Utah was founded by pioneers seeking refuge from oppression and that tradition continues today. In his final State of the State address, Governor Gary Herbert compared the refugees living in Utah to the pioneers who founded the state.
“Today new modern pioneers are still coming here in search of a better life and new opportunities,” Herbert said.
Utah is home to more than 65,000 refugees, and each of them add culture and diversity to the state. They all come with a hope for a better life and a desire to make a positive impact on their community.
During his speech, Governor Herbert focused on one refugee in particular, who found his passion and is now working towards a successful career. Mohamed Al Soudani resettled in the U.S. six years ago. Mohamed worked hard to do well in school and learn English, all while maintaining a part-time job to help support his family.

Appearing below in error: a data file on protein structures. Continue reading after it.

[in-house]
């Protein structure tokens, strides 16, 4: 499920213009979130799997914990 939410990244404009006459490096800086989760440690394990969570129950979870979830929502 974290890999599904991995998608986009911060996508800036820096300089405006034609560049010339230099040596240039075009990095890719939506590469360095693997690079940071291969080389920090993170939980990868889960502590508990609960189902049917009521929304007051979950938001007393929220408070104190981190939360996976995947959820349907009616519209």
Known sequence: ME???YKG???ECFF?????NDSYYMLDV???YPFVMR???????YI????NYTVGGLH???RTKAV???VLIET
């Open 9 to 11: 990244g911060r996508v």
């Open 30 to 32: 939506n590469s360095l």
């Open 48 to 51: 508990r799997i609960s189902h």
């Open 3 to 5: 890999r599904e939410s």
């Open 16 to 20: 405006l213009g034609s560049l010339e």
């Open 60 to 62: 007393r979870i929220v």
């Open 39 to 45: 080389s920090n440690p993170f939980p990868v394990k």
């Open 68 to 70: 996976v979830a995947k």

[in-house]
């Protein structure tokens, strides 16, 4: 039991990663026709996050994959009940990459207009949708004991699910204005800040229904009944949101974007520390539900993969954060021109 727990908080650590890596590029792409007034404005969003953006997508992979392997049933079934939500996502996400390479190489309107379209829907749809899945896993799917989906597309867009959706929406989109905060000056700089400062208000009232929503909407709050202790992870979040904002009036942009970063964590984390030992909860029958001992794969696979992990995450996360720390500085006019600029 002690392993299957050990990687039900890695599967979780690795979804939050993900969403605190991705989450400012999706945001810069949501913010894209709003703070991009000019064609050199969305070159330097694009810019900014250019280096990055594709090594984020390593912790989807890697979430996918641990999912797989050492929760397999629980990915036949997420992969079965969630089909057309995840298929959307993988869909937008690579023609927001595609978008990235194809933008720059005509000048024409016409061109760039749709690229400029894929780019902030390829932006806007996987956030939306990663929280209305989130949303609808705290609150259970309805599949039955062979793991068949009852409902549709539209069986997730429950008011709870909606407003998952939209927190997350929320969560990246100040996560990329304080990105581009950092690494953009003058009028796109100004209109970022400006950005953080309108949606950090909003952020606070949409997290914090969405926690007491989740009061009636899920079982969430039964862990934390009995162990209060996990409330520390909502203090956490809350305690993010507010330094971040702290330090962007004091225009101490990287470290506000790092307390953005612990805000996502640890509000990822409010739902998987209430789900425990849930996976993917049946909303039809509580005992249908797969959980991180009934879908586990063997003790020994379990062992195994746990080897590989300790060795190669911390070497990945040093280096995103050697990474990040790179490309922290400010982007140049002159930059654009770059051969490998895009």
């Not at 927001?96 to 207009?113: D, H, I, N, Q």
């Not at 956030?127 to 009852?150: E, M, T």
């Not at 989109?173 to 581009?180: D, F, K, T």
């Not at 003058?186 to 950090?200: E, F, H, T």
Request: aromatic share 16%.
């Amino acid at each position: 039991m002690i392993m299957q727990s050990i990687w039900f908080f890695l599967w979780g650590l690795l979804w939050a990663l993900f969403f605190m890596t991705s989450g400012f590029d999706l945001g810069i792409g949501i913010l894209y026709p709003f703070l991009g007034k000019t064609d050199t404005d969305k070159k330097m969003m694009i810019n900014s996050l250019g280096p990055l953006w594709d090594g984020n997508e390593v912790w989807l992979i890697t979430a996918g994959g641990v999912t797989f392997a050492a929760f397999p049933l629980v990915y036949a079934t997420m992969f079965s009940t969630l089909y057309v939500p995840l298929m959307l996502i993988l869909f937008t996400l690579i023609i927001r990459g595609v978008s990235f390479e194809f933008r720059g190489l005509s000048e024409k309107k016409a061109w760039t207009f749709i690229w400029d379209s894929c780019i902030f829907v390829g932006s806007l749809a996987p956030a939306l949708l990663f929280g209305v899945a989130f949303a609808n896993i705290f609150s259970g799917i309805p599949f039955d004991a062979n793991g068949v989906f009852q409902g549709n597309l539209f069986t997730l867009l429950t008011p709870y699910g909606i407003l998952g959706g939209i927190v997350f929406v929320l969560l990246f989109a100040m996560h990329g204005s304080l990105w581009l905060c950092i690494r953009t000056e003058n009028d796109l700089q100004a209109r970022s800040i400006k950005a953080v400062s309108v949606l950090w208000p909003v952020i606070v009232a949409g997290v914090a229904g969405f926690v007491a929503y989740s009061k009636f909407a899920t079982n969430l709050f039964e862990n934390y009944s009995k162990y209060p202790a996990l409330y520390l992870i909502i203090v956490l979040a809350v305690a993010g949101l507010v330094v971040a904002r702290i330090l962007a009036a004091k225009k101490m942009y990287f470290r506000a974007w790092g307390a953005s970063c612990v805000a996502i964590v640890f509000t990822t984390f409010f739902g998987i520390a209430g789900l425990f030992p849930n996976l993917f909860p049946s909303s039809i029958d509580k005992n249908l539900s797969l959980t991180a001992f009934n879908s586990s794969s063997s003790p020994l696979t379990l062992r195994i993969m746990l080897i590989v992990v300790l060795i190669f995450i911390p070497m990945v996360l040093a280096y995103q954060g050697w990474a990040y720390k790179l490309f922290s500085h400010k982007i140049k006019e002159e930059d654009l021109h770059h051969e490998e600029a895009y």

He discovered that he enjoyed working with computers, so he began working towards a career in the tech industry. He earned bachelor’s degrees in mathematics and computer science, completed an internship with BlueHost and took classes at the Utah Refugee Education and Training Center to improve his skills.
Upon completion of his training at the Center, he was hired by Nav, a small business services company in Draper, and is now making a six-figure salary.
Governor Herbert commended Al Soudani for his hard work, and other refugees making a positive impact in Utah.
“He and his colleagues embody the same pioneering spirit that has defined us since 1847,” said Herbert.
Al Soudani now volunteers to teach classes at the Utah Refugee Education and Training Center to help other refugees reach their goals.
Watch Governor Herbert share Mohamed's story in his State of the State address here:
Click here for more information about the Utah Refugee Education and Training Center.